see a world in a grain of sand
And heaven in a wild flower,
Hold infinity in the palm of your hand
And eternity in an hour."
- William Blake
Whats in the standard share:
Red Russian kale
French breakfast radishes
... and if you have an extra-fruit option:
Sat. Jun 21 - Summer Solstice Celebration
4pm - 10pm
with Kuzanga Marimba!
Aug 8, 9, 10 - Childrens Mini Camp
Friday evening to noon Sunday
Sat. Sep 20 - Fall Equinox Celebration
3pm - 9pm
with the Banana Slug String Band!
Sat. Oct 26 Halloween Pumpkin Palooza
the Banana Slug String Band will play here too!
Hands and faces of the farm.
The day we pack your shares is always busy and exciting. We harvest, wash,
bunch and bag all the produce and neatly sort it into crates called 'lugs'
before it is divided up amongst the boxes (click
here for picture). The colors, textures, and smells are strong and
vibrant, and I smile to myself as I think of all the members who will
soon open their boxes to receive this nourishing sustenance alive with
the earths energy. What members don't see though is the effort and
dedication of all those who have planted, cared for, picked, and carefully
packed this food. I sometimes think that the real difference between a
large and a small farm is that one is "high-tech" and the other
is "high touch." Everyone here at the farm has a special relationship
with the land, and connection to this community, and I would like to begin
introducing you to them. Juan left his home state of Guanajuato, Mexico
over 15 years ago, to work and live here in the Pajaro Valley where the
climate and crops are similar to those of home. Before joining us, he
worked on large, conventional strawberry and vegetable farms. I met him
four years ago, when he was seeking to change his work away from the monotony
and risk of riding tractors and spraying pesticides all day. He expressed
a desire to work on a smaller, more diversified farm like ours. The match
was perfect. Juan not only brought incredible skills as a tractor operator
and a self-taught mechanic, but every fiber of his being is connected
with the land he cares for. Farming is his passion, and he has a keen
sense of observation, an intuitive understanding of the land and crops,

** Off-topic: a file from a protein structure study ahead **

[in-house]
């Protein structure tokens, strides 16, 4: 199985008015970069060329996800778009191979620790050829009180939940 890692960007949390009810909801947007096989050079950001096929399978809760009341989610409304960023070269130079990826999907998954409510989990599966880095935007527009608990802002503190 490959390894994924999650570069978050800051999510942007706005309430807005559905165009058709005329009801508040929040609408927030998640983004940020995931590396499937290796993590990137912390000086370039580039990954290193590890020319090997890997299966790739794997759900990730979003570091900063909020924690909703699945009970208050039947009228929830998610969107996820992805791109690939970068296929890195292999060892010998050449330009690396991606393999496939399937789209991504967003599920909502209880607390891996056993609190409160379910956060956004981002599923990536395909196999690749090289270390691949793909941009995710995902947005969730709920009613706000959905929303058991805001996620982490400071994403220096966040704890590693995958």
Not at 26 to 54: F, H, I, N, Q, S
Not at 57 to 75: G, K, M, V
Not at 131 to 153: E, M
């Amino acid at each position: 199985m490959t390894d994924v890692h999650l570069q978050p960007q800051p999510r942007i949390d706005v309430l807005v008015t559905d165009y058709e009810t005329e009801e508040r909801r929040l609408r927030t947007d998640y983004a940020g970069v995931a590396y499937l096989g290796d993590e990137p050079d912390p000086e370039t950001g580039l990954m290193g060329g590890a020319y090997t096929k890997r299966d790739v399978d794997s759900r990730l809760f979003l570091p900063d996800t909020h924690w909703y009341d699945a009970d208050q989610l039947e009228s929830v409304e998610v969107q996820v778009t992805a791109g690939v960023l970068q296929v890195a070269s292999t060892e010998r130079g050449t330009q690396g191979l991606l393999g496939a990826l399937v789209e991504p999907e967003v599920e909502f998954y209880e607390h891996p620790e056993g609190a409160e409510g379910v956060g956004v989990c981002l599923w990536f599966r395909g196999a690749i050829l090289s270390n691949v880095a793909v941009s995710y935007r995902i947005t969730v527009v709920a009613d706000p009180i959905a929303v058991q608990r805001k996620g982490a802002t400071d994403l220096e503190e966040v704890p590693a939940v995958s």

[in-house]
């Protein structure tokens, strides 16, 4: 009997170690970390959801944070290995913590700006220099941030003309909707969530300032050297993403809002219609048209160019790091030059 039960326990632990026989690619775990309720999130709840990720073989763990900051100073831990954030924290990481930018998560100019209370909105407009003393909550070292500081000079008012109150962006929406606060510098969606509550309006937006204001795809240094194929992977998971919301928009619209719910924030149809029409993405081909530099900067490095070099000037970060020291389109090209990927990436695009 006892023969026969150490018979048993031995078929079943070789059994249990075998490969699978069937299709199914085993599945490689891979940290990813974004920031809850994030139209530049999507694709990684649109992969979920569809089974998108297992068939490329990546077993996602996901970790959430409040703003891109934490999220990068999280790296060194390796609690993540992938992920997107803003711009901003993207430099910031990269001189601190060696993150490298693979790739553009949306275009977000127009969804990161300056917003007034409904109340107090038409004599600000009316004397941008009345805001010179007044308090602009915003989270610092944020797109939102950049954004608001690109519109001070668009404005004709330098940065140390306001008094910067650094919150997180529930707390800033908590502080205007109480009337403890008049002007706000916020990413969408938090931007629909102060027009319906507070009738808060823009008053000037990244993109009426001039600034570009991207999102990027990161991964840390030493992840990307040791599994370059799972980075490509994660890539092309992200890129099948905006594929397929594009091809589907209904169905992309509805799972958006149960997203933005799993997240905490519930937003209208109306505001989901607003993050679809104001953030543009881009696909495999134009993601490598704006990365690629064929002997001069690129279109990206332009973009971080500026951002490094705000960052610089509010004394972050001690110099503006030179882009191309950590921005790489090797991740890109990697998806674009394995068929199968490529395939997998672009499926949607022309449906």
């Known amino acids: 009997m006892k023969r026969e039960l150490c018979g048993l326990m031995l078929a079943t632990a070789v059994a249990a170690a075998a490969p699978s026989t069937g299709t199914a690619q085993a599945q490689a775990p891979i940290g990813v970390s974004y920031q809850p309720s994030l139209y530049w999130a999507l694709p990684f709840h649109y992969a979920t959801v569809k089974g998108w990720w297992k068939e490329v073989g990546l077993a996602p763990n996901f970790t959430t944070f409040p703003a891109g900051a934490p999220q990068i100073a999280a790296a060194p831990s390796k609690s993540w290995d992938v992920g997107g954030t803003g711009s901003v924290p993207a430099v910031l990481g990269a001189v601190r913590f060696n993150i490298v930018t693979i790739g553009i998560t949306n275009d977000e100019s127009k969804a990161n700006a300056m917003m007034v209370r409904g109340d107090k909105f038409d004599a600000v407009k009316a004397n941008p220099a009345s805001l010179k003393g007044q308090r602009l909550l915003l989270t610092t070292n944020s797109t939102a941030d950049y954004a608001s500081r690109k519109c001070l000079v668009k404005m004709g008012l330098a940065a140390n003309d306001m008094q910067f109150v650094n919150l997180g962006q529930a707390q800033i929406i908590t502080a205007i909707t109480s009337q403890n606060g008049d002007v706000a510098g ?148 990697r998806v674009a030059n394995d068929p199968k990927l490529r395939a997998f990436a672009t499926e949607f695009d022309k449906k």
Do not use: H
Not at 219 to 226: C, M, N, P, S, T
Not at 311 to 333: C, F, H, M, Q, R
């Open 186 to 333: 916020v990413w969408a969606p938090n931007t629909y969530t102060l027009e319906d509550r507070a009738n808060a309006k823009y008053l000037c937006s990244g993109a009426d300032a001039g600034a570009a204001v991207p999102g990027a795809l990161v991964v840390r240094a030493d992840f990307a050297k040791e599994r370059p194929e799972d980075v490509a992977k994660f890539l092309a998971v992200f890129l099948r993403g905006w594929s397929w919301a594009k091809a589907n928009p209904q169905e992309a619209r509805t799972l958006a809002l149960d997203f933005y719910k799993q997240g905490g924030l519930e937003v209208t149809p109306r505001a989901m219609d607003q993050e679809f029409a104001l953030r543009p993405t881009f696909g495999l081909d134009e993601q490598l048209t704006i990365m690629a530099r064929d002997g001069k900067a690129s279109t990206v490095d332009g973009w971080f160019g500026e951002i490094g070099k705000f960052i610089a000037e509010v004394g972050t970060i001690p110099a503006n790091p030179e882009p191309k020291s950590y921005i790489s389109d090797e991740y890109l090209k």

and works with a wonderful natural rhythm. Juan and his family have become
a fundamental part of this farm, contributing far more than the work of
their hands in caring for the crops you enjoy every week. Tom
Last week we talked about how
choosing to buy local contributes to a stronger and more sustainable economy,
as well as a healthier environment and stronger community. New CSA member
Alison England of San Jose pointed out yet another advantage: consuming
locally grown produce and other food items is actually better for your
immune system. Over time the micronutrients from the local soils as well
as pollens (in locally produced honeys, for example) build up in your
system and act as a kind of immunotherapy, helping to desensitize your
body to local allergens.
Education on the Farm
Farms and gardens are great
teachers. Children seem to understand instinctively when they taste, dig,
plant, harvest, and smell things. Last week we had a group of 4 and 5
year olds on the farm. They were all excited to visit the newborn baby
goats. They experienced not just the cute and cuddly babies, but also
saw how goats eat, sleep, and of course poop, which caused no end of giggling.
Besides strawberries, the kids were fascinated with picking snails off
the artichoke plants, and then later feeding them to the chickens. Most
of the teaching came not from talking, but from just being together and
enjoying the farm with no particular agenda in mind. Every year we experience
more visitors to the farm, especially children and young adults. Live
Earth Farm provides an excellent opportunity for people to reclaim their
connection to food, and to understand and experience the cycles of this
land. In just a few short generations we've relinquished nearly all power
to grow our food to distant farms. Of course we can't all go back to the
land, but we can reconnect with the pleasures of this vital process of
growing food. The Farm offers this opportunity, as well as farmers markets,
and school and community gardens. And if you have your own garden, this
is the perfect place to feel that connection.
Memberships are still available...
We want more members! Wed
like to reach our goal of 300 members by June, and have about 50 shares
to go to get there. Word of mouth is best, as is giving our brochure to
someone you think might be interested. Some people leave brochures or
post a flier at work (take them from the back of the binder with your
checklist in it, or call Debbie at the farm and she can email you a flyer
or arrange to get you more brochures). Many thanks go out to all of you
who have been helping us with our membership already. And if you have